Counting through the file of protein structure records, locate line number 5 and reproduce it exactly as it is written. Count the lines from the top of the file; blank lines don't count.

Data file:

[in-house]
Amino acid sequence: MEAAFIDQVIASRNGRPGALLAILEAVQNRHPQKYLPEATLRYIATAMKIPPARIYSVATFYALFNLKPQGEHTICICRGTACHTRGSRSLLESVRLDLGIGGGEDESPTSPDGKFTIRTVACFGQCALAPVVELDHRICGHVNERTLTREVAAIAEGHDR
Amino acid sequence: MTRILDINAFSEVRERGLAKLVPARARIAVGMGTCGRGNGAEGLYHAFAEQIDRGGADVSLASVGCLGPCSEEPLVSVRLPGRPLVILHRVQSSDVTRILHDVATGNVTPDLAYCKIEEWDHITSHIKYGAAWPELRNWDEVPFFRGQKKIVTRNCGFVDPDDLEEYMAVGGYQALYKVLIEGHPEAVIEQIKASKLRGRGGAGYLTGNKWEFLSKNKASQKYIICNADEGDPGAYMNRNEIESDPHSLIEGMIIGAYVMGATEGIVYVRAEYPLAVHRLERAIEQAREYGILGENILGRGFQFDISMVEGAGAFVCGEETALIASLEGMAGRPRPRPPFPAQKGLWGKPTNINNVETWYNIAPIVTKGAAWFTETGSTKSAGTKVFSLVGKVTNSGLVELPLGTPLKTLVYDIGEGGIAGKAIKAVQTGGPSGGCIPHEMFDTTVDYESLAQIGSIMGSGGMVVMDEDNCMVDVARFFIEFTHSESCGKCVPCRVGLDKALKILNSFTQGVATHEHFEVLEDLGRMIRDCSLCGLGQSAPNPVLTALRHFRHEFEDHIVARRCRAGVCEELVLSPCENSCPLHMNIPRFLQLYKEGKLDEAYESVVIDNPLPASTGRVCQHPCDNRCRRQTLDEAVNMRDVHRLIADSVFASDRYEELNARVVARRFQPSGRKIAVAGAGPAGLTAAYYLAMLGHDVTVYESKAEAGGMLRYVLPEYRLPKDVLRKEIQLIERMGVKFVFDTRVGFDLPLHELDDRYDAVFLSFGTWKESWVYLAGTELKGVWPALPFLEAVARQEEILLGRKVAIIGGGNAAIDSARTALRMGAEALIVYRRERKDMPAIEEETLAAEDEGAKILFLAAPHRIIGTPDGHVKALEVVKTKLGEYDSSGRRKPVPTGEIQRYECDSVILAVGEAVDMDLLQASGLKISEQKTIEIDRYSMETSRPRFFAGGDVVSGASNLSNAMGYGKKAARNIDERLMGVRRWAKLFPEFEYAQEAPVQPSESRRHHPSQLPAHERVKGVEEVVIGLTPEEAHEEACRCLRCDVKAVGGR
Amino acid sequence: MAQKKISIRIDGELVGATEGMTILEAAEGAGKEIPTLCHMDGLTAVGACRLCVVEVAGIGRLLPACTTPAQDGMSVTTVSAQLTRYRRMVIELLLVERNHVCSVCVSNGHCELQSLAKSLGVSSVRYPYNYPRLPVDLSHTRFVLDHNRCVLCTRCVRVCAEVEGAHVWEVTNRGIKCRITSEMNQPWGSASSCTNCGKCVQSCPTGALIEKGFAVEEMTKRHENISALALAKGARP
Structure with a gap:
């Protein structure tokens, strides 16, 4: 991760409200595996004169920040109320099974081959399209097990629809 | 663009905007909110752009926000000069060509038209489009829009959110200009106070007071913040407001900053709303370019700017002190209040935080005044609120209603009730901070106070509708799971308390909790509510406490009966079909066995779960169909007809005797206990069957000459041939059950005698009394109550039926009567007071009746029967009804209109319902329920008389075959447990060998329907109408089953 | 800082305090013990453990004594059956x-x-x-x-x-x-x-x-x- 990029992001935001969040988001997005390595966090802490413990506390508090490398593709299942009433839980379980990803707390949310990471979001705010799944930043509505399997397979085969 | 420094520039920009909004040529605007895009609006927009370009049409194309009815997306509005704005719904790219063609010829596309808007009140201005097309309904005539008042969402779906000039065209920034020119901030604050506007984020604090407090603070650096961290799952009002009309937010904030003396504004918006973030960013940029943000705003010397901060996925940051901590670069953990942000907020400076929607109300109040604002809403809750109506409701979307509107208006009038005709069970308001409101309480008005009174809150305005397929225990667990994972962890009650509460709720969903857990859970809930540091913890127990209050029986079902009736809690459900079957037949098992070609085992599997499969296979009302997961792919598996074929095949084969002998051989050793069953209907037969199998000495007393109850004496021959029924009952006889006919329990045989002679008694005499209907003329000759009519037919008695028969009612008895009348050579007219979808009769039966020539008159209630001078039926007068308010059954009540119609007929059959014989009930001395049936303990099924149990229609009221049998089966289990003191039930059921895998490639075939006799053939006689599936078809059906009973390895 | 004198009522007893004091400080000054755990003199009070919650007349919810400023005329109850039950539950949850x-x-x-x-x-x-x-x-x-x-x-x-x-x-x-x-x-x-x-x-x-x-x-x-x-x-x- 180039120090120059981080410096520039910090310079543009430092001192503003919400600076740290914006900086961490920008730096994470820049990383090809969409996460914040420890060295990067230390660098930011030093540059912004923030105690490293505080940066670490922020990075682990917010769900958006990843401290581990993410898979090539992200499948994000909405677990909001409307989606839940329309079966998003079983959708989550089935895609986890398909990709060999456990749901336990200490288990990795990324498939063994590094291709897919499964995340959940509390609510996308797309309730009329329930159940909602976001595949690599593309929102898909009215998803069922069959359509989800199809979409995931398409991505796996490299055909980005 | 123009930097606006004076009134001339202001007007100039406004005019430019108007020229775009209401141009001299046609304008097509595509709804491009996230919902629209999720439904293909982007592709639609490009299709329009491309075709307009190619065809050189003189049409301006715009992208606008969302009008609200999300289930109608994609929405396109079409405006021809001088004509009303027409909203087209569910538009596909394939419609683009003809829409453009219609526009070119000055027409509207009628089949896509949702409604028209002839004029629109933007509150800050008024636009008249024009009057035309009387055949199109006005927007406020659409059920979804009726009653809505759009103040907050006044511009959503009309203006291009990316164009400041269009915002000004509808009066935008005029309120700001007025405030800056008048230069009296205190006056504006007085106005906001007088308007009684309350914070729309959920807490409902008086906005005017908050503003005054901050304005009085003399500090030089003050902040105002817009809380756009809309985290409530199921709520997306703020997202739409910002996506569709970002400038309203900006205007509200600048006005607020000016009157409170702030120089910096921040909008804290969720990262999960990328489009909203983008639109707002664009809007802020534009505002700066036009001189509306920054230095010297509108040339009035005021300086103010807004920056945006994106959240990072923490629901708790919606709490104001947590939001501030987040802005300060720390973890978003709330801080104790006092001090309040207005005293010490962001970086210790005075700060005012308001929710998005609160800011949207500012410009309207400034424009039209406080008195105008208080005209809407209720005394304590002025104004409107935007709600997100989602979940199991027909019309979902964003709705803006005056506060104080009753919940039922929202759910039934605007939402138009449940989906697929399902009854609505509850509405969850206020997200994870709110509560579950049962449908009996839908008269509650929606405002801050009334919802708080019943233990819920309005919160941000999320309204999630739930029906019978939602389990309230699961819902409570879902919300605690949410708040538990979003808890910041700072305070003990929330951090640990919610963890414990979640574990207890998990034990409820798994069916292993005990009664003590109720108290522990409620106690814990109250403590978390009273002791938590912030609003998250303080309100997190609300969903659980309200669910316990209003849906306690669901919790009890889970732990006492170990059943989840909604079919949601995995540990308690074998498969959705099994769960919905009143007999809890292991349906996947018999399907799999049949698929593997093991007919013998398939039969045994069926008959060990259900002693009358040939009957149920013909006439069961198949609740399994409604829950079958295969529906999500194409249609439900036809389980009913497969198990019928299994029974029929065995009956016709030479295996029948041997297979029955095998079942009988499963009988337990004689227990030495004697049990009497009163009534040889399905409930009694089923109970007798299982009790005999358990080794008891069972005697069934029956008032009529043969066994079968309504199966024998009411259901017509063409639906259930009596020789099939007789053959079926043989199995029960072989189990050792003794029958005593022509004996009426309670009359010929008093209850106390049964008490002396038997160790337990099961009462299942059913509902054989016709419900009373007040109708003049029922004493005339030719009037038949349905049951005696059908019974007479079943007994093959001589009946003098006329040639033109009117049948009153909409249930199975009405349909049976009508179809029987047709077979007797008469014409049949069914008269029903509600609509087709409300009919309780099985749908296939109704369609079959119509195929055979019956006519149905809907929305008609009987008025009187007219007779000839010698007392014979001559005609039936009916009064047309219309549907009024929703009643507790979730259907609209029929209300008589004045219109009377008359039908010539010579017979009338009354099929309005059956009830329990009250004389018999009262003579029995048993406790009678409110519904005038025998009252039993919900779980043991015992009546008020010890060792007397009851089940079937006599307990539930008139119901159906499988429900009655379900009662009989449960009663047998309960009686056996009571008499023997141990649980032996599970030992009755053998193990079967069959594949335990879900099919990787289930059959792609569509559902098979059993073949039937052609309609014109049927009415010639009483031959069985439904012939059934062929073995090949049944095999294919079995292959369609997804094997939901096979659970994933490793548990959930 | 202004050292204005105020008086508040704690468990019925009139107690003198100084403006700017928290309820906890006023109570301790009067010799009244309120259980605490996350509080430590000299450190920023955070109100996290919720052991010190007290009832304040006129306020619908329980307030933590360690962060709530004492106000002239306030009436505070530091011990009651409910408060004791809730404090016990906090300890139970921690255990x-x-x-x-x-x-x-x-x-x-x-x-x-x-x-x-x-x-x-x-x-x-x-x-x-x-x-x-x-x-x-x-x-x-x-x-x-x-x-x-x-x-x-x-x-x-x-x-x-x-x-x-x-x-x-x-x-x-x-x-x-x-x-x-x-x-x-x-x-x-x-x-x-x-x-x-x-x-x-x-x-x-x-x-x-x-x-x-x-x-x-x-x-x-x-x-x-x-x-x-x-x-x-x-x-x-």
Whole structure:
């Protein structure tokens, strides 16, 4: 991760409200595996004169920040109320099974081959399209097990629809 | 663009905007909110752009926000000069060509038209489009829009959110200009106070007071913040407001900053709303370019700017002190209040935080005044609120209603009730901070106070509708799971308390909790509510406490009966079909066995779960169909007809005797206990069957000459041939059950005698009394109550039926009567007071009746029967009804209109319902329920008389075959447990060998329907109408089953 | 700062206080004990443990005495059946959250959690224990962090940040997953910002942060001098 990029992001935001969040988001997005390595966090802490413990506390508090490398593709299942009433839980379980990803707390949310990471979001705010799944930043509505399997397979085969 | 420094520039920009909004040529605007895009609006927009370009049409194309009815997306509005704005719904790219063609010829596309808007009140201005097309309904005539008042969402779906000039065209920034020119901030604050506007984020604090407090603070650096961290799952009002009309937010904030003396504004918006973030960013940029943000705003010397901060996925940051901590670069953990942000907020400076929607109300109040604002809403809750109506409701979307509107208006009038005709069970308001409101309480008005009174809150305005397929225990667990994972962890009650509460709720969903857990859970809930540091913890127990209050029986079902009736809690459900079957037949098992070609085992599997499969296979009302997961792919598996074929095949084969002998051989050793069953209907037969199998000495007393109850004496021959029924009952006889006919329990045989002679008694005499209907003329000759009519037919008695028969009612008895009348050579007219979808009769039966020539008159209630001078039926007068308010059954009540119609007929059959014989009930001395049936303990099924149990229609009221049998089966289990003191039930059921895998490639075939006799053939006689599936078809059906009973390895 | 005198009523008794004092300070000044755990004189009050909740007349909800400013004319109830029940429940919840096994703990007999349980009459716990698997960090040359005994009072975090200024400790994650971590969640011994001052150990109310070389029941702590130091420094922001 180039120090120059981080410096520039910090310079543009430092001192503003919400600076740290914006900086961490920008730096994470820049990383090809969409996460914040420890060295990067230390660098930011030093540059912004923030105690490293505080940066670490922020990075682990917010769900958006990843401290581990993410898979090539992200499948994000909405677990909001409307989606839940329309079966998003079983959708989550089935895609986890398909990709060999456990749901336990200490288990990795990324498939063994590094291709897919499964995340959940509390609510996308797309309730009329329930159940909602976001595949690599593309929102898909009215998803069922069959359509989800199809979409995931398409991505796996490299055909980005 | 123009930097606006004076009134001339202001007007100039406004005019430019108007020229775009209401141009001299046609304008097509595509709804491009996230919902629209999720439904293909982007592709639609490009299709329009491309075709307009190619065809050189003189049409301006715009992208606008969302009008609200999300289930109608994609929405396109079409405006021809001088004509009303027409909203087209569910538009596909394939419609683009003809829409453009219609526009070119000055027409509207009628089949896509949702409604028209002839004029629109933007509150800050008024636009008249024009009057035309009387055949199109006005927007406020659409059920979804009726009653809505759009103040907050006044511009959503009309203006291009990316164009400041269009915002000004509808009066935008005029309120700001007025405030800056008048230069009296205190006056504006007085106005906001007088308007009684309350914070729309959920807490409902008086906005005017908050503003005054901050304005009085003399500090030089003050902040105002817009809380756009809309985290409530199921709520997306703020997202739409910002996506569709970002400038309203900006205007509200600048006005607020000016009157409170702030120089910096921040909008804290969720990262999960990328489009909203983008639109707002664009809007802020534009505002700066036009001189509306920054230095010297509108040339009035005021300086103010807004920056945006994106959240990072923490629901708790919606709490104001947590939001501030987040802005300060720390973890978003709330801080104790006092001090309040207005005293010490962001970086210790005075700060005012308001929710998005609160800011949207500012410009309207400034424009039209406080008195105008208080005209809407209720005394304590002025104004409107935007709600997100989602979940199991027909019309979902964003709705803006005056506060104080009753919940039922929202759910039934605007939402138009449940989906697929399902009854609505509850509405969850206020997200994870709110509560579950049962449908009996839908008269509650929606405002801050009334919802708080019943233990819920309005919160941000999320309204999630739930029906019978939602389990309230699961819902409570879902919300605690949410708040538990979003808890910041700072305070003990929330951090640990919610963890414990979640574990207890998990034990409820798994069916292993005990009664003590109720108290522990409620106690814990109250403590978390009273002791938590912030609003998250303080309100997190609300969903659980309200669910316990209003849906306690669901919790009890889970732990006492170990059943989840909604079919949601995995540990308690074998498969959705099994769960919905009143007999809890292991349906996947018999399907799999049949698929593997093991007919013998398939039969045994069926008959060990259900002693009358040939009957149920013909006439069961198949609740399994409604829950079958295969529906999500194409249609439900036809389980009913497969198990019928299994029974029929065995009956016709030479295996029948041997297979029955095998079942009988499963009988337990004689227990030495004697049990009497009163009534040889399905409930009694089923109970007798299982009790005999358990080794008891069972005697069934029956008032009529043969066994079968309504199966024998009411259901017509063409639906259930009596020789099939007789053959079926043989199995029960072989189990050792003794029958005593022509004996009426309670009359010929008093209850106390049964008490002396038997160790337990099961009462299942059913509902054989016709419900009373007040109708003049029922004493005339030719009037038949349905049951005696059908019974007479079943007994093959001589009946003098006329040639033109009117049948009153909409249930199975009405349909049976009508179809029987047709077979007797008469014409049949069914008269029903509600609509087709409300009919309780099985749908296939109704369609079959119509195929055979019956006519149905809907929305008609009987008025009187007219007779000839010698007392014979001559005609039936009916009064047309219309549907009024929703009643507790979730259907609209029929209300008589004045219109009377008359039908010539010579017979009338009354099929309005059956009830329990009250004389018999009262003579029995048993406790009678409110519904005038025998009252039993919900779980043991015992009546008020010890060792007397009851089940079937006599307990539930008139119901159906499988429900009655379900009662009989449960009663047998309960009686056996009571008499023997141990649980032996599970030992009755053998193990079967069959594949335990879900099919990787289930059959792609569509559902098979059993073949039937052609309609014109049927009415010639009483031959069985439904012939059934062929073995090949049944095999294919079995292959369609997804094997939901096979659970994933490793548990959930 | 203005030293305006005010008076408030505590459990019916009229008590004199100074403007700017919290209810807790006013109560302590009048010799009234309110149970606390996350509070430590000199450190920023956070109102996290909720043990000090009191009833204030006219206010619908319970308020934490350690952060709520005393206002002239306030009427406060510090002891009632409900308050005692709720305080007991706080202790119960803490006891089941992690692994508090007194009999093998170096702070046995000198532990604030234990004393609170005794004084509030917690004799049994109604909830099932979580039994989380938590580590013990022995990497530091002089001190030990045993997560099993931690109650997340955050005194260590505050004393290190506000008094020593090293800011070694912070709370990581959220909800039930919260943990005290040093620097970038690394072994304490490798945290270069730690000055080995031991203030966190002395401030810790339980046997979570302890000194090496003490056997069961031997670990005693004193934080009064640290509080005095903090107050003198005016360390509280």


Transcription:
Structure with a gap: